Rural Lifestyle > Beware of winter hazards for pets

Beware of winter hazards for pets

Jan 13, 2020

Winter can be a dangerous time for pets if special care isn’t taken to protect them. Here are some of the most common cold-weather hazards and ways to keep dogs and cats safe:
  1. Hypothermia and frostbite — All pets need adequate shelter from the elements and insulation against cold weather. Like humans, pets can suffer from hypothermia and frostbite. Provide good bedding, warm housing, and perhaps even a heated mat for outdoor pets. Your Co-op has a wide selection of all these items. Don’t use a heat lamp or other type of home heater because these could burn your pet and cause fires.
  2. Warm engines — Cats often seek warmth under the hood of a recently driven car and can be severely injured or killed when the car is started. Before you turn that key, knock on the hood or honk the horn to scare off any heat-seeking cats.
  3. Frozen water — Routinely check your pet’s water dish to make sure the water is fresh and unfrozen. Heated pet bowls, available at your Co-op, are a convenient solution for frigid temperatures. The water stays cold but doesn’t freeze.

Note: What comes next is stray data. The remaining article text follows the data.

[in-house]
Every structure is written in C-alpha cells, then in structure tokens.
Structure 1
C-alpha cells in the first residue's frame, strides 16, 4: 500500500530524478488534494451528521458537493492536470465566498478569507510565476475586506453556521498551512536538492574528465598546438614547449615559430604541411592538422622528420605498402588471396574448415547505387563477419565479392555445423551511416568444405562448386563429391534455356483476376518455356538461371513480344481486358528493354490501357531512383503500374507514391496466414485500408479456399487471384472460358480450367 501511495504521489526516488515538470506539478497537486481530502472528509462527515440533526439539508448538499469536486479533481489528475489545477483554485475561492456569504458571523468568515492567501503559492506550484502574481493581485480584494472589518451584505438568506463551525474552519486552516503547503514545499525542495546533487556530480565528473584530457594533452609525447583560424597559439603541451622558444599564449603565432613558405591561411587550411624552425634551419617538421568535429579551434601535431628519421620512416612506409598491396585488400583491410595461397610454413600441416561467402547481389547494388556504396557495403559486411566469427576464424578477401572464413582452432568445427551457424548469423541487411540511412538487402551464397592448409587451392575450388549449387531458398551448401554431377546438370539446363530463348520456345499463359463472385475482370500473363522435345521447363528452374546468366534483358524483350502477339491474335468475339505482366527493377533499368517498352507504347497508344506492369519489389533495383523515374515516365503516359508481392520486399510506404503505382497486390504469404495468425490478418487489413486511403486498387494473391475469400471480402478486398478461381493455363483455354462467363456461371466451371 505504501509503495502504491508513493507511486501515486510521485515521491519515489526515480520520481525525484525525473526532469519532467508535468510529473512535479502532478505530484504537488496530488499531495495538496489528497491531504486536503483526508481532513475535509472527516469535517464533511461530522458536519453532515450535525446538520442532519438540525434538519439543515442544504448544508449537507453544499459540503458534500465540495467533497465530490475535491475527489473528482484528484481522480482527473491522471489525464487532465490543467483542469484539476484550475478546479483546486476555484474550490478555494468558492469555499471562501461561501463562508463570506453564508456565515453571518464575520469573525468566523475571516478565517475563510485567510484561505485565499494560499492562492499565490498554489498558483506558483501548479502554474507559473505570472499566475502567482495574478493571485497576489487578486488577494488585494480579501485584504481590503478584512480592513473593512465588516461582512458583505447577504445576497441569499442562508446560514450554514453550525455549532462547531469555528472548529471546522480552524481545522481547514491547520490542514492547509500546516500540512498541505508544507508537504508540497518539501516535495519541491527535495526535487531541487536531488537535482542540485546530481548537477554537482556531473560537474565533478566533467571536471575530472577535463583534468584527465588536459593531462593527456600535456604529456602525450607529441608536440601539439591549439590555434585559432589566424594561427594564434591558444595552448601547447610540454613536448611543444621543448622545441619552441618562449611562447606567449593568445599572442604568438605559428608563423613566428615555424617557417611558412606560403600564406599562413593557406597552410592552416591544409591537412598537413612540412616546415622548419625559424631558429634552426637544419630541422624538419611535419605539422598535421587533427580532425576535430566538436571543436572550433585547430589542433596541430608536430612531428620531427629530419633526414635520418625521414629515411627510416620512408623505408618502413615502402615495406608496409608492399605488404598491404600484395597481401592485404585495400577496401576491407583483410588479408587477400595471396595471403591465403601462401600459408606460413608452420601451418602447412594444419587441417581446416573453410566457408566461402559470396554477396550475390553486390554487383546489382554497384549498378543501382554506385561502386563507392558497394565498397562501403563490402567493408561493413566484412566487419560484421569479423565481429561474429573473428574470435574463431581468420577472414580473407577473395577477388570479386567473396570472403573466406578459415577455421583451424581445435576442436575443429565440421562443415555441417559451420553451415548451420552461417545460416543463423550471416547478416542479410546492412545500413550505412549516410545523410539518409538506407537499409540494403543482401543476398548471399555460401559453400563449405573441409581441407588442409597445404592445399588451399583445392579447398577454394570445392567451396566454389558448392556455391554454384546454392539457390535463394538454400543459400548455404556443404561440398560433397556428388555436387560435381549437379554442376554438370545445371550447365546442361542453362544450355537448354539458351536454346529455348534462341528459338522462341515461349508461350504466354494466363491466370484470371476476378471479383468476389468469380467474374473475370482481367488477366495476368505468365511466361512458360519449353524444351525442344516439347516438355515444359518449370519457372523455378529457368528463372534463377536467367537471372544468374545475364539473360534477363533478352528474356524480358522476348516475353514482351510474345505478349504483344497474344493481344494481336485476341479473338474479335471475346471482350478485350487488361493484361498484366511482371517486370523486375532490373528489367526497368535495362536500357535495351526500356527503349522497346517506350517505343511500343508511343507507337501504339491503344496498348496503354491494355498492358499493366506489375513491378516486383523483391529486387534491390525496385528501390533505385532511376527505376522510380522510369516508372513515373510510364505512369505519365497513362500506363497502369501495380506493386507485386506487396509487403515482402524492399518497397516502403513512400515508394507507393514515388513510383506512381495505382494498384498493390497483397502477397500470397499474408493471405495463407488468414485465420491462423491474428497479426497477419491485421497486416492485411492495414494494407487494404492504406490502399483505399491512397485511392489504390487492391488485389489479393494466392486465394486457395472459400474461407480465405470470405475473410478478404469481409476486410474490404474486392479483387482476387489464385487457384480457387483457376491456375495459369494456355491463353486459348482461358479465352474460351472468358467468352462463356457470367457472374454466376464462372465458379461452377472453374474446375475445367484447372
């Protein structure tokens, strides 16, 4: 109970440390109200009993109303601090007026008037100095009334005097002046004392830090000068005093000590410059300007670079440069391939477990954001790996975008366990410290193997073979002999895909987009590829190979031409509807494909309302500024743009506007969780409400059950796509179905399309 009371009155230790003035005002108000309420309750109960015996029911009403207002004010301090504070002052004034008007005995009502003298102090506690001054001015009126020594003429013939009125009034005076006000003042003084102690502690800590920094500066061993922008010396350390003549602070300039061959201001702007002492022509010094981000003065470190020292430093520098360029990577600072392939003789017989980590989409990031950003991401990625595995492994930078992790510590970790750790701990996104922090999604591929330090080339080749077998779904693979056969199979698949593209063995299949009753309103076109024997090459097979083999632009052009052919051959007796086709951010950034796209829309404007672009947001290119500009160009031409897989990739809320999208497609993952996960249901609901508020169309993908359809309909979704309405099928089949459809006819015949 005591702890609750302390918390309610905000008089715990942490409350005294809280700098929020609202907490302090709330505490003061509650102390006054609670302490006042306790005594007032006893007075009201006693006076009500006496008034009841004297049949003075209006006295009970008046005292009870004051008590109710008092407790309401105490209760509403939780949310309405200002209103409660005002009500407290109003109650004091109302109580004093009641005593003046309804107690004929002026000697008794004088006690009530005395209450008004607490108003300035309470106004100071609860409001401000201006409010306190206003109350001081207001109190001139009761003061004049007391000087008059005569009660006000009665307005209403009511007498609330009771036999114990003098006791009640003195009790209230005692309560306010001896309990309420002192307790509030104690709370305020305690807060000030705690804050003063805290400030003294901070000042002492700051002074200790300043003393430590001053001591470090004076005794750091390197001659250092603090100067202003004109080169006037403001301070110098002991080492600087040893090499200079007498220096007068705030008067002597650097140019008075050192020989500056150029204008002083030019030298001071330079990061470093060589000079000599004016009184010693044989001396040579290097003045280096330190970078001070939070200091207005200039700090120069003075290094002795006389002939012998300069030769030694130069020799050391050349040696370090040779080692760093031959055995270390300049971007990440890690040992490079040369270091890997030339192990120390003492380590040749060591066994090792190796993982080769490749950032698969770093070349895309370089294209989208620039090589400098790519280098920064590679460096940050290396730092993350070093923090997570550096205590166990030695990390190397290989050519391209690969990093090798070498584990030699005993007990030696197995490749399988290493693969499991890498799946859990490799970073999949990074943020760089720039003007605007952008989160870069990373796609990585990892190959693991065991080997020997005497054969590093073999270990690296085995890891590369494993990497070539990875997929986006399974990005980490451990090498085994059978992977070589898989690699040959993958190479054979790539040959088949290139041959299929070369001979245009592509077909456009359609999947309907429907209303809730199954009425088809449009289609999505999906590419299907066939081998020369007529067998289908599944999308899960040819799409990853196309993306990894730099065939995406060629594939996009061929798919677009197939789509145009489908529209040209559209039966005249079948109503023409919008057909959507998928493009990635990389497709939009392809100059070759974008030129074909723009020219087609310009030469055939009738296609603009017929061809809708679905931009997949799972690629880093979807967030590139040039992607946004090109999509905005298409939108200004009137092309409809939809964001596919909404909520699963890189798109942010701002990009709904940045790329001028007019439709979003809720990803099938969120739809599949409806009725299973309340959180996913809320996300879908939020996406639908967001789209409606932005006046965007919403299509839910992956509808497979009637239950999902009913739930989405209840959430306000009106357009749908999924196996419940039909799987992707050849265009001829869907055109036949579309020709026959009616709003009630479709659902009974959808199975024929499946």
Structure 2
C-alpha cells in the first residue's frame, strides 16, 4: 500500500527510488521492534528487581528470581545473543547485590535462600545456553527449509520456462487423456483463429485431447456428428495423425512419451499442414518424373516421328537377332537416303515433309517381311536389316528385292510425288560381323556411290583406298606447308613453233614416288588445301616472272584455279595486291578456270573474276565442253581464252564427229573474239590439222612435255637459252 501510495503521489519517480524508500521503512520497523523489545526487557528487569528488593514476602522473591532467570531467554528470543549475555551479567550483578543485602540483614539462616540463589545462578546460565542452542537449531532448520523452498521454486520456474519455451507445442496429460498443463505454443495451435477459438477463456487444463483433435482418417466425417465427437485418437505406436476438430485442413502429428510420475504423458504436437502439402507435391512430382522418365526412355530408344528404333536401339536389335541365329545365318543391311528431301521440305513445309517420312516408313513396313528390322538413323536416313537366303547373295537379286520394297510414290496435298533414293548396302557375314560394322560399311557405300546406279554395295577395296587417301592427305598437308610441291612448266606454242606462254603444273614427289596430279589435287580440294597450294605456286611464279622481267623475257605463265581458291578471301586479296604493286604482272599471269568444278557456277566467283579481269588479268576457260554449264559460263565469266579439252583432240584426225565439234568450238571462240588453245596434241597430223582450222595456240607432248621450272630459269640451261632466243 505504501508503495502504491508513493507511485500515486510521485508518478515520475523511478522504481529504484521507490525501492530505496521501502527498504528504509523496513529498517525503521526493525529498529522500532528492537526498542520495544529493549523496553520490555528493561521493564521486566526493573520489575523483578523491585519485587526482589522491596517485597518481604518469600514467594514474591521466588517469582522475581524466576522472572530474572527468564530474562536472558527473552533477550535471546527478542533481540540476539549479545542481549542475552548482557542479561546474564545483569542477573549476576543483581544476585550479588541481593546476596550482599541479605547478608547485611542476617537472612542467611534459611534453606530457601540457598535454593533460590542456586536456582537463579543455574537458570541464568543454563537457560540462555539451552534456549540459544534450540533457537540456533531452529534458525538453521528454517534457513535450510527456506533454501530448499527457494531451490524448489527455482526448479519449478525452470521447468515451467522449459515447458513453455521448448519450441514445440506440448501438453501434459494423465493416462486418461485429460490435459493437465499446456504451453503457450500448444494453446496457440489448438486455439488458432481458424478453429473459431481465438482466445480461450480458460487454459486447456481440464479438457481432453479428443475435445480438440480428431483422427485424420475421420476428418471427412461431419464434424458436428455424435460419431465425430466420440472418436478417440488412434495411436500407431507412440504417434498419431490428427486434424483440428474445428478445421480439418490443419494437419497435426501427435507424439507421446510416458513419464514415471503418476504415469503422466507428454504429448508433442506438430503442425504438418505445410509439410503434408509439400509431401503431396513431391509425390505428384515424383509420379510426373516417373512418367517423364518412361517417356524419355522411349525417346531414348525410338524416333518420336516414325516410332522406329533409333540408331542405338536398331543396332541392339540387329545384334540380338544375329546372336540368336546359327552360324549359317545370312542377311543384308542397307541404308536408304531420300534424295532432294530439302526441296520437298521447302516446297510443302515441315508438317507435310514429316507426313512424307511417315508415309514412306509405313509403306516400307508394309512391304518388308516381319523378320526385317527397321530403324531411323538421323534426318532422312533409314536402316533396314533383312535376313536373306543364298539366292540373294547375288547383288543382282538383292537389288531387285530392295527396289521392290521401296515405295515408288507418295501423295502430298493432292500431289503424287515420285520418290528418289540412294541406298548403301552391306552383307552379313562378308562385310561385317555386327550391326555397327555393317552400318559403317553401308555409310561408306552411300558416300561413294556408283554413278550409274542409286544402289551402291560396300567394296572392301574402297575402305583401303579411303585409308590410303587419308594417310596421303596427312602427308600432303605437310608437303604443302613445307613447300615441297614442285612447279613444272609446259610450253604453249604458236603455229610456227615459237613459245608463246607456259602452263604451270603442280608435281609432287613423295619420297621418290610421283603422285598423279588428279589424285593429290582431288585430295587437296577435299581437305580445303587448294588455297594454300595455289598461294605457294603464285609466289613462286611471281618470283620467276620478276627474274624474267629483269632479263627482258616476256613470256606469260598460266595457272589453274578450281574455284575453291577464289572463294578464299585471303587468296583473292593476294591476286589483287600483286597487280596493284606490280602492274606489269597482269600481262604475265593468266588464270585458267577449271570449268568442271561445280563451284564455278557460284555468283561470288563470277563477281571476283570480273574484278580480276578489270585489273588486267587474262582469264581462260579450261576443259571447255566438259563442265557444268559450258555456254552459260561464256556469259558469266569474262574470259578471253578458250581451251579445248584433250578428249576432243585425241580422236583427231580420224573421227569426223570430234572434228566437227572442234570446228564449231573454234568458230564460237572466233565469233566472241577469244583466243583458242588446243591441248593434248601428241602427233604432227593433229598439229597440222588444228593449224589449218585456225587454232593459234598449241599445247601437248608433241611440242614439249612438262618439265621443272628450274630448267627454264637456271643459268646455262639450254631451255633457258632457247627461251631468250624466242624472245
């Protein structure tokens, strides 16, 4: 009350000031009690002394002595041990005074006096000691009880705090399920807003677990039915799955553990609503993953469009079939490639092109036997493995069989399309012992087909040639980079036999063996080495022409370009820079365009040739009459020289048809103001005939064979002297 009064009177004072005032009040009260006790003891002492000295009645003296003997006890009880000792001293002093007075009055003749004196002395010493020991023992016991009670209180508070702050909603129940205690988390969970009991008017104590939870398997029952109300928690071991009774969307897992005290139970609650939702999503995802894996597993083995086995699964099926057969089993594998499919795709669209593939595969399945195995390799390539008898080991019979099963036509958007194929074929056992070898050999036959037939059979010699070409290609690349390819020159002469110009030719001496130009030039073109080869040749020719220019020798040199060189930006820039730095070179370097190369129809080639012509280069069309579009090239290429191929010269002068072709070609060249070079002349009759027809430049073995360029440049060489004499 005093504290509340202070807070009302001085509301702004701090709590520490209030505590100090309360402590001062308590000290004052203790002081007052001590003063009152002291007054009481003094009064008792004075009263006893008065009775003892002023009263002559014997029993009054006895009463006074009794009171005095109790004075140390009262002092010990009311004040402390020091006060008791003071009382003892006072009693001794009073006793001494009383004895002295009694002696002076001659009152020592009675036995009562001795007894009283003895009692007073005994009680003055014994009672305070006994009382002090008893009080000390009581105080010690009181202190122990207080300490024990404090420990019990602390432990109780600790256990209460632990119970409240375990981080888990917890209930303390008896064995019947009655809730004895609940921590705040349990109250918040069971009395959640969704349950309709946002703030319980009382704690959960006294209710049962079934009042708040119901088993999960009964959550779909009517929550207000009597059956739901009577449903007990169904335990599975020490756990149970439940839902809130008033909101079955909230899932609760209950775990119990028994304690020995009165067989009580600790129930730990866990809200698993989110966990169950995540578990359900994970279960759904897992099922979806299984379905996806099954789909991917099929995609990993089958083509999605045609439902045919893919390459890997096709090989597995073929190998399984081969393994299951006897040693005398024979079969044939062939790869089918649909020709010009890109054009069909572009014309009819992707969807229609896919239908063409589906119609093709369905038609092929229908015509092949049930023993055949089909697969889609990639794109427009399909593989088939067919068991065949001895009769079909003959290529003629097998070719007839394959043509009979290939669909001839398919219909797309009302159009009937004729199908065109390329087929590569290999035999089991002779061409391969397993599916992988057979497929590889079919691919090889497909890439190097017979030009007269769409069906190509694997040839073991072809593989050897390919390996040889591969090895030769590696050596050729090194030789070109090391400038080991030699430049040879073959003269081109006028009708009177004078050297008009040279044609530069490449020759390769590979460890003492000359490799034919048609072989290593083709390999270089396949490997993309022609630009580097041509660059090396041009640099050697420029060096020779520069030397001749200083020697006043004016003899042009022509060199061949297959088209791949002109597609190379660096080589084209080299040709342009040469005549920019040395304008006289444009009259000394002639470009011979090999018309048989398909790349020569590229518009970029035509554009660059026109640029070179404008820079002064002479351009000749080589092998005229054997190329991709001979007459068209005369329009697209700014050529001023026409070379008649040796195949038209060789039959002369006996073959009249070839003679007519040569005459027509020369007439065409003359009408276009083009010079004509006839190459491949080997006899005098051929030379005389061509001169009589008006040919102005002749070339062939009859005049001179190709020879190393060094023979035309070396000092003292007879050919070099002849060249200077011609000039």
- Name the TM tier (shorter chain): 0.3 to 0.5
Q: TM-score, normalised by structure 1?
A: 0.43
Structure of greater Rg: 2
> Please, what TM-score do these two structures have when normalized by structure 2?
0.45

4. Snow and ice — Pets who walk on surfaces that have been “de-iced” with chemicals or salt can be sickened by licking these substances off their bodies. Thorougly wipe off your pet’s paws, legs, and belly after an outing in snow, sleet, or ice.
  5. Carbon monoxide — Various heat sources are used to keep both people and pets warm during the winter. Make sure these appliances are in good working order. Pets are home more than people are, so they may be affected by carbon monoxide before you notice a problem. Pets kept in the garage are also at risk if you warm up your car. Make sure there is some ventilation and air circulation in garages.
  6. Antifreeze — To pets, antifreeze has a sweet taste, and just a few licks can be fatal. Keep antifreeze containers away from pets and clean up spills immediately. If possible look for antifreeze that doesn’t contain ethylene glycol, which is the toxic ingredient to pets.
  7. Fire — Fire hazards are at their peak during the winter months. Make sure your smoke detectors have fresh batteries and include your pets when you develop a house fire evacuation plan. It’s a good idea to place a sticker on your window to alert firefighters that there are pets inside.
If your pet is showing signs of distress or serious illness, contact your veterinarian immediately. For more information on winterizing your dogs and cats, contact the pet professionals at your local Co-op.
 
 


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